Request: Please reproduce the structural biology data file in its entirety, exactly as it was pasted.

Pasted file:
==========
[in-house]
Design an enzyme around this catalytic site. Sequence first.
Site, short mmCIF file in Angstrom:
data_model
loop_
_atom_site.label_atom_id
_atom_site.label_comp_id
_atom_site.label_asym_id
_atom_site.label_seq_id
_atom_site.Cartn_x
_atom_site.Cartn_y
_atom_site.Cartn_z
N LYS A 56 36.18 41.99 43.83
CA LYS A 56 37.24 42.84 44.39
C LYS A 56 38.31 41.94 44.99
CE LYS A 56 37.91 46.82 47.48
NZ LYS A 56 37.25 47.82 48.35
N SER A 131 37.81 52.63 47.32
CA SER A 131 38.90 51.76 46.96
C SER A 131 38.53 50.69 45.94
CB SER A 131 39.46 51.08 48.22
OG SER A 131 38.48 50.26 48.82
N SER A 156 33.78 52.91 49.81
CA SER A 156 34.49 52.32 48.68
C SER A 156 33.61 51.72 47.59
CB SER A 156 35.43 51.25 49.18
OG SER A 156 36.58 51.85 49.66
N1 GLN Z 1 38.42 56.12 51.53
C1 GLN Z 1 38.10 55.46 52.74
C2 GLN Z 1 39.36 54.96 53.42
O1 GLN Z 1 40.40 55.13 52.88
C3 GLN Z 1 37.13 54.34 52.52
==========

[in-house]
Design an enzyme around this catalytic site. Sequence first.
Site, short mmCIF file in Angstrom:
data_model
loop_
_atom_site.label_atom_id
_atom_site.label_comp_id
_atom_site.label_asym_id
_atom_site.label_seq_id
_atom_site.Cartn_x
_atom_site.Cartn_y
_atom_site.Cartn_z
N LYS A 56 36.18 41.99 43.83
CA LYS A 56 37.24 42.84 44.39
C LYS A 56 38.31 41.94 44.99
CE LYS A 56 37.91 46.82 47.48
NZ LYS A 56 37.25 47.82 48.35
N SER A 131 37.81 52.63 47.32
CA SER A 131 38.90 51.76 46.96
C SER A 131 38.53 50.69 45.94
CB SER A 131 39.46 51.08 48.22
OG SER A 131 38.48 50.26 48.82
N SER A 156 33.78 52.91 49.81
CA SER A 156 34.49 52.32 48.68
C SER A 156 33.61 51.72 47.59
CB SER A 156 35.43 51.25 49.18
OG SER A 156 36.58 51.85 49.66
N1 GLN Z 1 38.42 56.12 51.53
C1 GLN Z 1 38.10 55.46 52.74
C2 GLN Z 1 39.36 54.96 53.42
O1 GLN Z 1 40.40 55.13 52.88
C3 GLN Z 1 37.13 54.34 52.52